Smartphone chip giant Qualcomm warns of Global Semiconductor Shortage

Qualcomm Inc. has signalled towards a global semiconductor shortage, as the world’s largest smartphone chipmaker is struggling to meet demand.

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“The shortage in the semiconductor industry is across the board,” said incoming Chief Executive Officer Cristiano Amon, according to Bloomberg.

Like most chipmakers, the American company outsources production to companies such as Taiwan Semiconductor Manufacturing Co. (TSMC) and Samsung Electronics Co. These suppliers are trying to adjust to a vigorous rebound in demand far they are failing. The U.S. auto sector, in particular, has complained about this recently, but Qualcomm’s comments show the problems are deep-lying.

When the Covid-19 pandemic took the world by storm in early 2020, chip orders initially collapsed, and the R&D teams could not predict what holds for the future. But remote work and studying have seen demand for computers spur, while car buying has surged as people avoid public transport. That, in turn, has caused auto and electronics makers to need more chips than previously thought.

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Amon said orders for chips that run cars, computers, and many other devices that are internet-connected are swamping the industry, which mostly relies on just a handful of developed factories in Asia. Supply should see a positive effect in the second half of 2021, he added.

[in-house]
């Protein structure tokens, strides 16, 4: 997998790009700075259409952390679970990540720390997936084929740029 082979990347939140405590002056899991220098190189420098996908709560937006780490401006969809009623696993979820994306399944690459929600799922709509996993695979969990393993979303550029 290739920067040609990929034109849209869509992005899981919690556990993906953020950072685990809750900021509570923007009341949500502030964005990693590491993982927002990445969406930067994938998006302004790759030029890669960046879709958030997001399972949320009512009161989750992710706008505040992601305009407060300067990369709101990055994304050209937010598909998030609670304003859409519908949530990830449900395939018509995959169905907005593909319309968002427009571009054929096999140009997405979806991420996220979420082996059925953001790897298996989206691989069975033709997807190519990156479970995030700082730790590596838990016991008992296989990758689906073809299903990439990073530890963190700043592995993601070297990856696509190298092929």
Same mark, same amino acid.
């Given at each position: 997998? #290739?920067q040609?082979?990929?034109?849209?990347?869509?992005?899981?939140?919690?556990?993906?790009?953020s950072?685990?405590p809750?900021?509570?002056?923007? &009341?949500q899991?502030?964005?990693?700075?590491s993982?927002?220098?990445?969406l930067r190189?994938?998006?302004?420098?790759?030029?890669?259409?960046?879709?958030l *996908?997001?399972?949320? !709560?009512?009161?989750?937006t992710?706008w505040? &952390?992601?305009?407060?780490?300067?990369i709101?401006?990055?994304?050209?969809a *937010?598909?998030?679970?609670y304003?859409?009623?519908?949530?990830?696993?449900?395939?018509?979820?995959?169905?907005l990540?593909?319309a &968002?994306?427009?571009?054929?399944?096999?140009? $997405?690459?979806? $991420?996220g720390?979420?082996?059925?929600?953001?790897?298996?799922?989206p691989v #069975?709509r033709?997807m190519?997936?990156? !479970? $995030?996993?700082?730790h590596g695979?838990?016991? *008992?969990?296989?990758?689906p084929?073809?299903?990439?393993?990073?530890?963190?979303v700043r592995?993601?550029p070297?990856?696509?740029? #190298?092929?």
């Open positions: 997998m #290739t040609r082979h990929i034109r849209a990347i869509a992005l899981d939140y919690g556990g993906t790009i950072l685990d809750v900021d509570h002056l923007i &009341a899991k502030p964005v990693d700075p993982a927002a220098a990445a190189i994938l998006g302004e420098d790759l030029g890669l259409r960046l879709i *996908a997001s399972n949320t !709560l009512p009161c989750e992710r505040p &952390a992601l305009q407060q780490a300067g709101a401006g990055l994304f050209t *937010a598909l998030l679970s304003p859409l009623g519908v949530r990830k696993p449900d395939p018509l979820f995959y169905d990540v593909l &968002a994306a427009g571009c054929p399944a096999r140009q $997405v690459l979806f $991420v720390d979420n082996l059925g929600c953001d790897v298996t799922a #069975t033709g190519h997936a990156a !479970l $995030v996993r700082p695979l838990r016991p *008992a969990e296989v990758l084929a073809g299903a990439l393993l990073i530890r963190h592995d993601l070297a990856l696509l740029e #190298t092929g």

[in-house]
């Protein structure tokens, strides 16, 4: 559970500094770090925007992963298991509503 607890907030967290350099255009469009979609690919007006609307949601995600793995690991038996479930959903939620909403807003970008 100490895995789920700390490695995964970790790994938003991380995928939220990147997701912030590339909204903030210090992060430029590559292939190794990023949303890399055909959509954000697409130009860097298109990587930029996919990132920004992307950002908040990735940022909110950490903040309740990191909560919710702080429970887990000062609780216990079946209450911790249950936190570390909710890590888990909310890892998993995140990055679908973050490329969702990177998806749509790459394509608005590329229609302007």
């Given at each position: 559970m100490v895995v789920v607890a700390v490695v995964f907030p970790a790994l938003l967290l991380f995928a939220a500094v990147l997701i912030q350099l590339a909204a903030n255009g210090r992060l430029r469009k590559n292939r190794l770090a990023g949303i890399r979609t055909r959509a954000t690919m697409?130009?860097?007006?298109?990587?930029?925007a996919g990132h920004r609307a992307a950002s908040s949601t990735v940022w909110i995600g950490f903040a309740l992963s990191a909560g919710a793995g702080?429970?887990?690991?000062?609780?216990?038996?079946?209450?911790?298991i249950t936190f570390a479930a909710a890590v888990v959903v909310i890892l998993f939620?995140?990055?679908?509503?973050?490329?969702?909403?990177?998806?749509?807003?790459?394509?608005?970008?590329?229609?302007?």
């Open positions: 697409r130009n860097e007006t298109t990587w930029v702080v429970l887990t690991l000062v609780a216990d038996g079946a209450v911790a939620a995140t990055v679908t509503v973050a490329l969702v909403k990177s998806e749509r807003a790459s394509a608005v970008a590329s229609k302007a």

According to a report by Bloomberg, “Qualcomm shares fell about 6% in extended trading. The stock closed at $162.30 on Wednesday in New York, leaving it up 6.5% in 2021.”

On Wednesday, Qualcomm also reported quarterly results and gave an upbeat forecast. However, some analysts and investors were not satisfied as they have become more bullish on Qualcomm recently.

Outgoing CEO Steve Mollenkopf gave supply constraints as the reason why Qualcomm’s performance was curbed.

Apple Inc., a major Qualcomm customer and one of the biggest consumers of chips globally informed last week that some components’ availability limited sales of high-end iPhone 12 models. Earlier on Wednesday, American automaker, General Motors Co., warned that a global semiconductor shortage would bring in a decline in production this year as the company plans downtime at three plants.

Qualcomm is the largest maker of chips that connect smartphones to wireless networks and is also a supplier of processors that give the devices their computer-like capabilities. With customers including some of the big players of the market like Apple and Samsung, the company’s projections are a closely watched indicator of the health of the mobile phone market.

In its fiscal first quarter, Qualcomm said revenue was $8.24 billion, which is a gain of 62% from a year earlier, while analysts, on average, projected $8.25 billion. Net income was $2.12 a share. Excluding certain items, profit was $2.17 a share, compared with Wall Street’s average estimate of $2.09.

Last month, Qualcomm said Mollenkopf, who will retire in June, will be succeeded by Amon as the CEO of the company.

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